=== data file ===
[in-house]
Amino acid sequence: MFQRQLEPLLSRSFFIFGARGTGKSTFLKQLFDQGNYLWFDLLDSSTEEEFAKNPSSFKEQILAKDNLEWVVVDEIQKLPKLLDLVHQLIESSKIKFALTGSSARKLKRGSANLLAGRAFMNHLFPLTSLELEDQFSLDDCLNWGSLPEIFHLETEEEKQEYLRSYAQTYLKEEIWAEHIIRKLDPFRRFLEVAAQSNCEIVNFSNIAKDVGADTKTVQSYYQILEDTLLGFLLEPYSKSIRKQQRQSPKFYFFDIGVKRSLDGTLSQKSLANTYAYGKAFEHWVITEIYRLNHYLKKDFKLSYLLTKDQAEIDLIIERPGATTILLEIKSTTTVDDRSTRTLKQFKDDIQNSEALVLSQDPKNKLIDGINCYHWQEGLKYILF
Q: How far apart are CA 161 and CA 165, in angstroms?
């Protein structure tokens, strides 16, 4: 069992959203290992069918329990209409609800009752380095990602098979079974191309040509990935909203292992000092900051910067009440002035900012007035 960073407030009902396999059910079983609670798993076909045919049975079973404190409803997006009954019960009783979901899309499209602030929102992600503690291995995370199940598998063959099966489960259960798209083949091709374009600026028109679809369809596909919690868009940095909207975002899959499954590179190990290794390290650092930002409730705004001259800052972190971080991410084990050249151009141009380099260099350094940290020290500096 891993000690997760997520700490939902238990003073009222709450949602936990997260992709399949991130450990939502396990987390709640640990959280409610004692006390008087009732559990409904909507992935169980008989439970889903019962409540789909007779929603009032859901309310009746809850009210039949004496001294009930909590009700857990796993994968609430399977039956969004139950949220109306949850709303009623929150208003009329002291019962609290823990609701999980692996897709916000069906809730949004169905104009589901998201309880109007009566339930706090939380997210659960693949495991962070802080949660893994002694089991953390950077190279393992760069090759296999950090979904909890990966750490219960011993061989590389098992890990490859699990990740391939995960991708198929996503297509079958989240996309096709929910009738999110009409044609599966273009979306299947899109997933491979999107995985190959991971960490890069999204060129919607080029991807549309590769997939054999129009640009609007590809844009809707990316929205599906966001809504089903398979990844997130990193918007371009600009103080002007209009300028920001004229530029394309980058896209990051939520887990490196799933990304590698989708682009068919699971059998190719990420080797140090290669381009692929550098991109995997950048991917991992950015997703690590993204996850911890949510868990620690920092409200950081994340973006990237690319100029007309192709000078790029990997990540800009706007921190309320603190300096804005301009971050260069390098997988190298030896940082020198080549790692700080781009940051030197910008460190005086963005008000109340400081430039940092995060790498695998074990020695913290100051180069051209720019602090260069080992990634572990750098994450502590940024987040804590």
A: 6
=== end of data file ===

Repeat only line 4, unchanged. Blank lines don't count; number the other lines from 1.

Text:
């Protein structure tokens, strides 16, 4: 069992959203290992069918329990209409609800009752380095990602098979079974191309040509990935909203292992000092900051910067009440002035900012007035 960073407030009902396999059910079983609670798993076909045919049975079973404190409803997006009954019960009783979901899309499209602030929102992600503690291995995370199940598998063959099966489960259960798209083949091709374009600026028109679809369809596909919690868009940095909207975002899959499954590179190990290794390290650092930002409730705004001259800052972190971080991410084990050249151009141009380099260099350094940290020290500096 891993000690997760997520700490939902238990003073009222709450949602936990997260992709399949991130450990939502396990987390709640640990959280409610004692006390008087009732559990409904909507992935169980008989439970889903019962409540789909007779929603009032859901309310009746809850009210039949004496001294009930909590009700857990796993994968609430399977039956969004139950949220109306949850709303009623929150208003009329002291019962609290823990609701999980692996897709916000069906809730949004169905104009589901998201309880109007009566339930706090939380997210659960693949495991962070802080949660893994002694089991953390950077190279393992760069090759296999950090979904909890990966750490219960011993061989590389098992890990490859699990990740391939995960991708198929996503297509079958989240996309096709929910009738999110009409044609599966273009979306299947899109997933491979999107995985190959991971960490890069999204060129919607080029991807549309590769997939054999129009640009609007590809844009809707990316929205599906966001809504089903398979990844997130990193918007371009600009103080002007209009300028920001004229530029394309980058896209990051939520887990490196799933990304590698989708682009068919699971059998190719990420080797140090290669381009692929550098991109995997950048991917991992950015997703690590993204996850911890949510868990620690920092409200950081994340973006990237690319100029007309192709000078790029990997990540800009706007921190309320603190300096804005301009971050260069390098997988190298030896940082020198080549790692700080781009940051030197910008460190005086963005008000109340400081430039940092995060790498695998074990020695913290100051180069051209720019602090260069080992990634572990750098994450502590940024987040804590």